Pfizer seen as buyout target amid M&A chase

Pfizer (NYSE:PFE) stock was active on Monday following the retirement of Chief Financial Officer Frank D’Amelio. Pfizer stock had climbed nearly 1% to a year high of $42.56 by noon, but has since slowed down with the company disclosing that Dan Vasella, its chairman, will serve as interim CFO. After shares fell 14% in 2015, the stock looks like a steal given Pfizer’s 10.9% dividend yield. Pfizer could be a bargain candidate in the takeover market, given its lead market position in cancer and the fact that it has an attractive pipeline.

Pfizer is also one of the companies shortlisted by Aurora for a deal. Aurigen is a now privately-held rival drug developer which is in the process of bidding for Adventrx Pharmaceuticals (NYSEMKT:ADX). Adventrx’s primary phase III drug is an inhaled version of morphine for treating nausea.

The Centene bid

As reported, Centene is eyeing a deal for Health Net (NYSE:HNT). The company has met with Health Net’s advisors and is making offers. Investors are now betting on a potential buyout as Centene stock has risen nearly 25% this year. Over the past five years, Centene has seen a 56% total return with higher earnings per share expected in the near future.

Cephalon (NASDAQ:CEPH) returned more than 66% this year with a 46% total return. Cephalon has seen shares dive of late after two analysts downgraded the company as its newest blockbuster, Canakinumab, missed its planned release date. The company also blamed reports of a cancer outbreak in the Canary Islands, where Cephalon’s Crucell subsidiary is headquartered, for problems with the drug. With a deal in place for Newport Labs, analysts are optimistic that Cephalon’s current financial crisis will pass.

Fitch upgraded Baxter (NYSE:BAX) to BBB+ from BBB+. Fitch believes that Baxter’s cash holdings, operational and financial flexibility, and its strong portfolio of products will support a rating upgrade. Shares have climbed 25% this year but they still have an eye-popping 10.4% dividend yield.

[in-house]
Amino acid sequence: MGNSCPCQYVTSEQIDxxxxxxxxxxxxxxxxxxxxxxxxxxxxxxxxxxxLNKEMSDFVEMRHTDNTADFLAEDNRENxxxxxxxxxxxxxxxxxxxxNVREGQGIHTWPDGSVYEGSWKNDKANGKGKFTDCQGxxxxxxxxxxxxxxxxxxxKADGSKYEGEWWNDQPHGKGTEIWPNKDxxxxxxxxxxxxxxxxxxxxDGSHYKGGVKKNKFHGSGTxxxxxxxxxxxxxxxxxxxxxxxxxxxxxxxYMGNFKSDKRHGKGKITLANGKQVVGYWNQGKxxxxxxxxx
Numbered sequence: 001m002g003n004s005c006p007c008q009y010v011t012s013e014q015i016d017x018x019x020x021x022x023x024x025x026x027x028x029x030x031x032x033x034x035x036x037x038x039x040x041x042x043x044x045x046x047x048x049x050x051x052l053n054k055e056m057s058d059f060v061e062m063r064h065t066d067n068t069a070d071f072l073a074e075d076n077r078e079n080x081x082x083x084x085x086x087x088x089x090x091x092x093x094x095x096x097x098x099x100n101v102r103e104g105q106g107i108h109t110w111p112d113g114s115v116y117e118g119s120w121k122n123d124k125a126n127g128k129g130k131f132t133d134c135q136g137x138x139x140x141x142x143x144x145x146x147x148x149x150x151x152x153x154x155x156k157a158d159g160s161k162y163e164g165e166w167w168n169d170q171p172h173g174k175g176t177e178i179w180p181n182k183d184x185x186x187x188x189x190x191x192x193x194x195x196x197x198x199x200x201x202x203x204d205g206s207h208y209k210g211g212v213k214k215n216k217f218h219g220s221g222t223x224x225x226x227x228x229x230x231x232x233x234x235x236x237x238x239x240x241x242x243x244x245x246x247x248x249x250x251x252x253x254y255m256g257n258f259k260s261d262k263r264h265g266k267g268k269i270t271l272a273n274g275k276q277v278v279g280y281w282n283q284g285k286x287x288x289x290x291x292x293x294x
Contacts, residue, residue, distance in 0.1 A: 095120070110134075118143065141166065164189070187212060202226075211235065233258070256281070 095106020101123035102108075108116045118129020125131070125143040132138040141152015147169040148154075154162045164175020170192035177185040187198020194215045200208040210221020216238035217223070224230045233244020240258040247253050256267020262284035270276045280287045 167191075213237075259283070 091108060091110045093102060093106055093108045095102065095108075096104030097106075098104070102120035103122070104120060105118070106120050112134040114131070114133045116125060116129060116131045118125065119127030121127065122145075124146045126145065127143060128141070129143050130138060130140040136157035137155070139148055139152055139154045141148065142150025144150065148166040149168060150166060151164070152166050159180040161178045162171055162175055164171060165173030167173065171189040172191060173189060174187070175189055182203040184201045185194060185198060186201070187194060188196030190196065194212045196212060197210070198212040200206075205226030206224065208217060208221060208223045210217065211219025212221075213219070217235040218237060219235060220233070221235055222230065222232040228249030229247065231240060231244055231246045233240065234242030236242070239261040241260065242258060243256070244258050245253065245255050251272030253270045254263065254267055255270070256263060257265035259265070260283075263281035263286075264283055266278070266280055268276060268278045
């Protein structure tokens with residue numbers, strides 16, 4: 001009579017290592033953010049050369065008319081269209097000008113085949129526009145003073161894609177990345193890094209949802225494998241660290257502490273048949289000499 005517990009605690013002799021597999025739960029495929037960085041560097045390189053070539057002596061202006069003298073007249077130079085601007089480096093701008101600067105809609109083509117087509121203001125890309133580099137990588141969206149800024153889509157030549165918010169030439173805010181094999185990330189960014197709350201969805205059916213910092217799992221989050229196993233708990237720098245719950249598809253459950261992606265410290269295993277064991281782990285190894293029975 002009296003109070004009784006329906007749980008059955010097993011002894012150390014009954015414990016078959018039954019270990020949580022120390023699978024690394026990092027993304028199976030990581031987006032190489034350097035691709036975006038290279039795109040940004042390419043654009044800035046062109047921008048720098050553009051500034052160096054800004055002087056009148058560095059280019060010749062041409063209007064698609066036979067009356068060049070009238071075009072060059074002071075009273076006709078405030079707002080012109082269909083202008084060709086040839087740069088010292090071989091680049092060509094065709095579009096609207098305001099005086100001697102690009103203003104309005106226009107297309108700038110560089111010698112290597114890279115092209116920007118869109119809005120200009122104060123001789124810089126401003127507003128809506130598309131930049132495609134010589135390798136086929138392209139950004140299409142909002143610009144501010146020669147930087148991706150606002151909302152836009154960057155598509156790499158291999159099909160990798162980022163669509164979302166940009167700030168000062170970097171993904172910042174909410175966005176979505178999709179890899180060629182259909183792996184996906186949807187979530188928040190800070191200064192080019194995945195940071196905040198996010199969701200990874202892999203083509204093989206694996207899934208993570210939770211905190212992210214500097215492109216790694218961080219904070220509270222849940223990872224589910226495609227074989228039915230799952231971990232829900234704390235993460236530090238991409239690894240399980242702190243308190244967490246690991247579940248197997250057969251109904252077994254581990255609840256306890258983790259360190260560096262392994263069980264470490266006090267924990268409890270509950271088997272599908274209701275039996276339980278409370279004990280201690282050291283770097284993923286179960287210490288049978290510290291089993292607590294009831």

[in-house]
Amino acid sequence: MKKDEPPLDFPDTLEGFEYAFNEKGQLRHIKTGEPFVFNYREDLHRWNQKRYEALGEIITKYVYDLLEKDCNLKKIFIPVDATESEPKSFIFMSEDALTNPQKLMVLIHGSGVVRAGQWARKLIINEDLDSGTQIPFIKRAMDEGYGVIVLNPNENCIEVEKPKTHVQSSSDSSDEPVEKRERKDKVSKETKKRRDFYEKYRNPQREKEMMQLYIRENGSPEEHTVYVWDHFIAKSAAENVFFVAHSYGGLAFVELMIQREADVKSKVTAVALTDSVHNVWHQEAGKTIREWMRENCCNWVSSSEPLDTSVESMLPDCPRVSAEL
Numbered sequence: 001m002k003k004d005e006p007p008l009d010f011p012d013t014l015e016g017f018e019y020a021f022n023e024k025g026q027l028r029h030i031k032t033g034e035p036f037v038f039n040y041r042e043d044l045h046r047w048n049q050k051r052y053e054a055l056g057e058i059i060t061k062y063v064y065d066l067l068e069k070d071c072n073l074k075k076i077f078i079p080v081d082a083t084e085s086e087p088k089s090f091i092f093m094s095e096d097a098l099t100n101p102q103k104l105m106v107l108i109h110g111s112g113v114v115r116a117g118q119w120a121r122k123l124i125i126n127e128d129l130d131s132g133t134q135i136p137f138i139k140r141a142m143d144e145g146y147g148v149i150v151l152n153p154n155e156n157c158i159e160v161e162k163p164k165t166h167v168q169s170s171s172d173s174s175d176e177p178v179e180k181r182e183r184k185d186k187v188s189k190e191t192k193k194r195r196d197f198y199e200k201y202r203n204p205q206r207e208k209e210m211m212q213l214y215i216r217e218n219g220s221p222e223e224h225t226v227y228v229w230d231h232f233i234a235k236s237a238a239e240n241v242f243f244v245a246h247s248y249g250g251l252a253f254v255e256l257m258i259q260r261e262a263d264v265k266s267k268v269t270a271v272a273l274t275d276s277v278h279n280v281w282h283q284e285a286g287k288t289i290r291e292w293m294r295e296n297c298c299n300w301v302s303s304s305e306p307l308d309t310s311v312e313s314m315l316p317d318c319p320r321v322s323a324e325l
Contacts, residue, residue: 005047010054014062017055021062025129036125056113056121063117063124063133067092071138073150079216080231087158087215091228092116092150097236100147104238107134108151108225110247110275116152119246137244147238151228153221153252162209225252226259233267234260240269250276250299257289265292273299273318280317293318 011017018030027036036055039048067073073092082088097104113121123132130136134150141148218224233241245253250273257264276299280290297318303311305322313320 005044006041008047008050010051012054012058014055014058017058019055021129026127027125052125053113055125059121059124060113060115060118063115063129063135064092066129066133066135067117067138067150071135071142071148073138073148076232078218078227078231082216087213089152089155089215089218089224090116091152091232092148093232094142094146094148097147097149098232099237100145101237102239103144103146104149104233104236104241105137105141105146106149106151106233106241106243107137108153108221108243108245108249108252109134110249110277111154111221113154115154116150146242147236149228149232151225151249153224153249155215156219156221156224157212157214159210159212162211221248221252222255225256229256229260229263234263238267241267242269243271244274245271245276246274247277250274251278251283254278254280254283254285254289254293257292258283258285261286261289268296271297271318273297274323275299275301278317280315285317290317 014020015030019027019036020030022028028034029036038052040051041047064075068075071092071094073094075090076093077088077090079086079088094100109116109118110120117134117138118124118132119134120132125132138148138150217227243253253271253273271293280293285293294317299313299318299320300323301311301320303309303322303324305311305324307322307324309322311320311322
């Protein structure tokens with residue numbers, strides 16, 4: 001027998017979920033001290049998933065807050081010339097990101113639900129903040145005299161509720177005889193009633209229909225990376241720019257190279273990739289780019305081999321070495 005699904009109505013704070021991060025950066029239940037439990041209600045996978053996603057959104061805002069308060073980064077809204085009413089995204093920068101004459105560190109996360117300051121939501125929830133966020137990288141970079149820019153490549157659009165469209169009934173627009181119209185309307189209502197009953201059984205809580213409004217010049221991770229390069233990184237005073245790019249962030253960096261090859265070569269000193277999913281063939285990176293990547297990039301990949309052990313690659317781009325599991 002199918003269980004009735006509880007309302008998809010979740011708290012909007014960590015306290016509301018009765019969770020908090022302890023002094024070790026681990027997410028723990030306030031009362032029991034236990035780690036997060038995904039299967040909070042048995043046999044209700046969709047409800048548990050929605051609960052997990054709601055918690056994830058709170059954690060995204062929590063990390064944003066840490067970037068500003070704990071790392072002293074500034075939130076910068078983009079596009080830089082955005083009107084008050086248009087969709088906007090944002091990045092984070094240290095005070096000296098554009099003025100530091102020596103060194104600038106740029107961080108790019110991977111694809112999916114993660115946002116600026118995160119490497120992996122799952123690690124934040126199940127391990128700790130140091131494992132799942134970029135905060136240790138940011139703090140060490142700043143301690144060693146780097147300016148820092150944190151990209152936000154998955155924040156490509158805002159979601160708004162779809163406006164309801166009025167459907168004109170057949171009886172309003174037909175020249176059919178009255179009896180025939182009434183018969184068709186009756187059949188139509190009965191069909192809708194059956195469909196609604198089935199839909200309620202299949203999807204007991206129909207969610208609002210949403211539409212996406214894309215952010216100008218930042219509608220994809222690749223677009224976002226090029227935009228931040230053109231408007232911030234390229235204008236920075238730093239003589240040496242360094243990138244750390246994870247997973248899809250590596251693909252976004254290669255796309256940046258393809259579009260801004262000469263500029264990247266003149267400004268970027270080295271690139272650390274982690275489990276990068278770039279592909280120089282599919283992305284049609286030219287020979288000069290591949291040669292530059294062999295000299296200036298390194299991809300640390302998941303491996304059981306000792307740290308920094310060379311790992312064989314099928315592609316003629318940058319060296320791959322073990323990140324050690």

Investors are interested in Baxter because of the recent acquisition of Gambro in Sweden, but future growth prospects are more important. Baxter has a strong product pipeline, most notably in its hemophilia franchise. There is even hope that gene therapies will create a new leg to the company’s growth. In a recent conference call, CEO Bob Parkinson stated that “We see a promising array of drug candidates, gene therapies, technology and intellectual property beyond the clinical stage with the potential for substantial revenue for Baxter.”

Oritavancin bid from Optimer

Hospira shares were up almost 2% on Monday following news that it submitted an application to the FDA for approval of its IV antibiotic oritavancin in pneumonia. Health care analyst Charles Rhyee at Cowen & Co. reiterated his “Outperform” rating on the stock, saying that management has offered no reason to believe that the submitted application is in any way deficient.

In his research note, Rhyee said that “Pneumonia is one of the oldest infectious diseases, dating back to ancient Greece. Despite the growing prevalence and number of cases, physicians have found no satisfactory treatment.” That means, according to Rhyee, that approval for a single antibiotic may set off a market for over 20 different bacterial strains. But with over 6,000 hospital-acquired infections, or HAIs, in 2012, the potential for Roche Holdings’ Engerix-B and a handful of other competitors could make for a lucrative market.

Investors should also note that the expansion of the U.S. antibiotic market should benefit companies that offer a broad array of antibiotics. Hospira has developed a broad spectrum of drugs, while others are concentrating on selective products. Both sets of competitors will benefit from the current approval news.

Foolish takeaway

Pfizer is seen as a potential play on a M&A front after its recent stock slide. The move to increase shareholder value by acquiring Cephalon, an over-the-counter drug maker, could be a sign that the company could be more open to a buyout in the future. The buyout of Ventana, a small company with several promising drugs in its pipeline, should indicate Pfizer’s willingness to spend a lot of money on acquiring quality companies to grow.

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